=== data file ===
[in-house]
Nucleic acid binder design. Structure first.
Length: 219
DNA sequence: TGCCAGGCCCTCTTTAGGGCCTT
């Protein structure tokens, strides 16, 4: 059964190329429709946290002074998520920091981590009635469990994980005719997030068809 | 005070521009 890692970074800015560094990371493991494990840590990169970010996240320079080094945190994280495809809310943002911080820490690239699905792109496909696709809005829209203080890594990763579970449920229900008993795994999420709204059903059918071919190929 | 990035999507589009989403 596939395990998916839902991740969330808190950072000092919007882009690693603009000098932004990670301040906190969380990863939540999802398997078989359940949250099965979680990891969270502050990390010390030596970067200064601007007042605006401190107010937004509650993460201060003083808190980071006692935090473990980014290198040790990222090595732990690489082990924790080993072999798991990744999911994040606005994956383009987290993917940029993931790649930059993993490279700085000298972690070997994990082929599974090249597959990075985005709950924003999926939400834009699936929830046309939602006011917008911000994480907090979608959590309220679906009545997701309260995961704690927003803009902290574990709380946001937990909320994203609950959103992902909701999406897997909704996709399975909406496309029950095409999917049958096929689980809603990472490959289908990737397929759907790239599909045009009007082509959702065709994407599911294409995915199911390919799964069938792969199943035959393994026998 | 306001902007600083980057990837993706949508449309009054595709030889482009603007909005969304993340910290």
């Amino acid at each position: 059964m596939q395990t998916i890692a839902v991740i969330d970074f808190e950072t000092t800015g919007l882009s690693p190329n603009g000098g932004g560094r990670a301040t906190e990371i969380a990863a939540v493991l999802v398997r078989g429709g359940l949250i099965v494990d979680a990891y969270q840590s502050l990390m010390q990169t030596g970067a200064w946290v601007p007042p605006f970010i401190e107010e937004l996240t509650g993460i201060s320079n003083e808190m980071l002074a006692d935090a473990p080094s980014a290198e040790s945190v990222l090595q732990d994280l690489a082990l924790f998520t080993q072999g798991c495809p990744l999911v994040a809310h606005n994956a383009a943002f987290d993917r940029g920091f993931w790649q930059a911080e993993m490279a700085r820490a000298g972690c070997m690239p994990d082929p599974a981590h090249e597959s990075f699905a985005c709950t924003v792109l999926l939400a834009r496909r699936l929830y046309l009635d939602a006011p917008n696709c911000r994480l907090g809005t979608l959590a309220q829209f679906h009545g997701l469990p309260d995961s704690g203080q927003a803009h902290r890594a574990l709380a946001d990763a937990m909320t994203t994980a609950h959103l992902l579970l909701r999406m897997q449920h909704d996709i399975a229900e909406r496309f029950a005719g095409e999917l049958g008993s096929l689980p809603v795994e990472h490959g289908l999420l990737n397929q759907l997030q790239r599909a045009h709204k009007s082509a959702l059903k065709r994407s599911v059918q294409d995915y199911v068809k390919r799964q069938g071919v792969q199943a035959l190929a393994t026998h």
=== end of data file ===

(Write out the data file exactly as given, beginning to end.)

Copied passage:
[in-house]
Nucleic acid binder design. Structure first.
Length: 219
DNA sequence: TGCCAGGCCCTCTTTAGGGCCTT
């Protein structure tokens, strides 16, 4: 059964190329429709946290002074998520920091981590009635469990994980005719997030068809 | 005070521009 890692970074800015560094990371493991494990840590990169970010996240320079080094945190994280495809809310943002911080820490690239699905792109496909696709809005829209203080890594990763579970449920229900008993795994999420709204059903059918071919190929 | 990035999507589009989403 596939395990998916839902991740969330808190950072000092919007882009690693603009000098932004990670301040906190969380990863939540999802398997078989359940949250099965979680990891969270502050990390010390030596970067200064601007007042605006401190107010937004509650993460201060003083808190980071006692935090473990980014290198040790990222090595732990690489082990924790080993072999798991990744999911994040606005994956383009987290993917940029993931790649930059993993490279700085000298972690070997994990082929599974090249597959990075985005709950924003999926939400834009699936929830046309939602006011917008911000994480907090979608959590309220679906009545997701309260995961704690927003803009902290574990709380946001937990909320994203609950959103992902909701999406897997909704996709399975909406496309029950095409999917049958096929689980809603990472490959289908990737397929759907790239599909045009009007082509959702065709994407599911294409995915199911390919799964069938792969199943035959393994026998 | 306001902007600083980057990837993706949508449309009054595709030889482009603007909005969304993340910290």
């Amino acid at each position: 059964m596939q395990t998916i890692a839902v991740i969330d970074f808190e950072t000092t800015g919007l882009s690693p190329n603009g000098g932004g560094r990670a301040t906190e990371i969380a990863a939540v493991l999802v398997r078989g429709g359940l949250i099965v494990d979680a990891y969270q840590s502050l990390m010390q990169t030596g970067a200064w946290v601007p007042p605006f970010i401190e107010e937004l996240t509650g993460i201060s320079n003083e808190m980071l002074a006692d935090a473990p080094s980014a290198e040790s945190v990222l090595q732990d994280l690489a082990l924790f998520t080993q072999g798991c495809p990744l999911v994040a809310h606005n994956a383009a943002f987290d993917r940029g920091f993931w790649q930059a911080e993993m490279a700085r820490a000298g972690c070997m690239p994990d082929p599974a981590h090249e597959s990075f699905a985005c709950t924003v792109l999926l939400a834009r496909r699936l929830y046309l009635d939602a006011p917008n696709c911000r994480l907090g809005t979608l959590a309220q829209f679906h009545g997701l469990p309260d995961s704690g203080q927003a803009h902290r890594a574990l709380a946001d990763a937990m909320t994203t994980a609950h959103l992902l579970l909701r999406m897997q449920h909704d996709i399975a229900e909406r496309f029950a005719g095409e999917l049958g008993s096929l689980p809603v795994e990472h490959g289908l999420l990737n397929q759907l997030q790239r599909a045009h709204k009007s082509a959702l059903k065709r994407s599911v059918q294409d995915y199911v068809k390919r799964q069938g071919v792969q199943a035959l190929a393994t026998h």